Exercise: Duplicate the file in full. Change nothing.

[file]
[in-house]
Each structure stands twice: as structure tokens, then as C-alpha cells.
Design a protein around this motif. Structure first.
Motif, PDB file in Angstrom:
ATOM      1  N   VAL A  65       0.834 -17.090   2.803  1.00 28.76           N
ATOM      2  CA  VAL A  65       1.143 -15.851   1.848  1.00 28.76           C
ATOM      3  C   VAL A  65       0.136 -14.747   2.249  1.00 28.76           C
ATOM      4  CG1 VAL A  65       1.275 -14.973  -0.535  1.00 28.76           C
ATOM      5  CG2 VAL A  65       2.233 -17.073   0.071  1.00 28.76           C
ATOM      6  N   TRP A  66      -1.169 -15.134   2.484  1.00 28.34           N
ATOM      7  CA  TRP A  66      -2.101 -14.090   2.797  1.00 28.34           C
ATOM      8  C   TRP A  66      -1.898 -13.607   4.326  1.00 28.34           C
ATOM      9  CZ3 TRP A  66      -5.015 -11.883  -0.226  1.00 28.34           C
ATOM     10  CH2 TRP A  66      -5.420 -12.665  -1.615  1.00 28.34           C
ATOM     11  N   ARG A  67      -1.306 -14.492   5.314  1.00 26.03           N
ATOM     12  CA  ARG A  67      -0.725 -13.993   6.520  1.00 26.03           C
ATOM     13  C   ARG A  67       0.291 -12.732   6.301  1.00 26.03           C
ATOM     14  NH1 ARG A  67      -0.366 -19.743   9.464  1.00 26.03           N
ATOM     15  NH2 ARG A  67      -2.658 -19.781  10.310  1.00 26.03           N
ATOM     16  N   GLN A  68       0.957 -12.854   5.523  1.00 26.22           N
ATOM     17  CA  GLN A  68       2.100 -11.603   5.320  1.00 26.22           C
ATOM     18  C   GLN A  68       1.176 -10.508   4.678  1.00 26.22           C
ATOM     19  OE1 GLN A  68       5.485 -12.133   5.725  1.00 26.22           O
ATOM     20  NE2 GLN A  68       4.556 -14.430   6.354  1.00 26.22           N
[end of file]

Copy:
[in-house]
Each structure stands twice: as structure tokens, then as C-alpha cells.
Design a protein around this motif. Structure first.
Motif, PDB file in Angstrom:
ATOM      1  N   VAL A  65       0.834 -17.090   2.803  1.00 28.76           N
ATOM      2  CA  VAL A  65       1.143 -15.851   1.848  1.00 28.76           C
ATOM      3  C   VAL A  65       0.136 -14.747   2.249  1.00 28.76           C
ATOM      4  CG1 VAL A  65       1.275 -14.973  -0.535  1.00 28.76           C
ATOM      5  CG2 VAL A  65       2.233 -17.073   0.071  1.00 28.76           C
ATOM      6  N   TRP A  66      -1.169 -15.134   2.484  1.00 28.34           N
ATOM      7  CA  TRP A  66      -2.101 -14.090   2.797  1.00 28.34           C
ATOM      8  C   TRP A  66      -1.898 -13.607   4.326  1.00 28.34           C
ATOM      9  CZ3 TRP A  66      -5.015 -11.883  -0.226  1.00 28.34           C
ATOM     10  CH2 TRP A  66      -5.420 -12.665  -1.615  1.00 28.34           C
ATOM     11  N   ARG A  67      -1.306 -14.492   5.314  1.00 26.03           N
ATOM     12  CA  ARG A  67      -0.725 -13.993   6.520  1.00 26.03           C
ATOM     13  C   ARG A  67       0.291 -12.732   6.301  1.00 26.03           C
ATOM     14  NH1 ARG A  67      -0.366 -19.743   9.464  1.00 26.03           N
ATOM     15  NH2 ARG A  67      -2.658 -19.781  10.310  1.00 26.03           N
ATOM     16  N   GLN A  68       0.957 -12.854   5.523  1.00 26.22           N
ATOM     17  CA  GLN A  68       2.100 -11.603   5.320  1.00 26.22           C
ATOM     18  C   GLN A  68       1.176 -10.508   4.678  1.00 26.22           C
ATOM     19  OE1 GLN A  68       5.485 -12.133   5.725  1.00 26.22           O
ATOM     20  NE2 GLN A  68       4.556 -14.430   6.354  1.00 26.22           N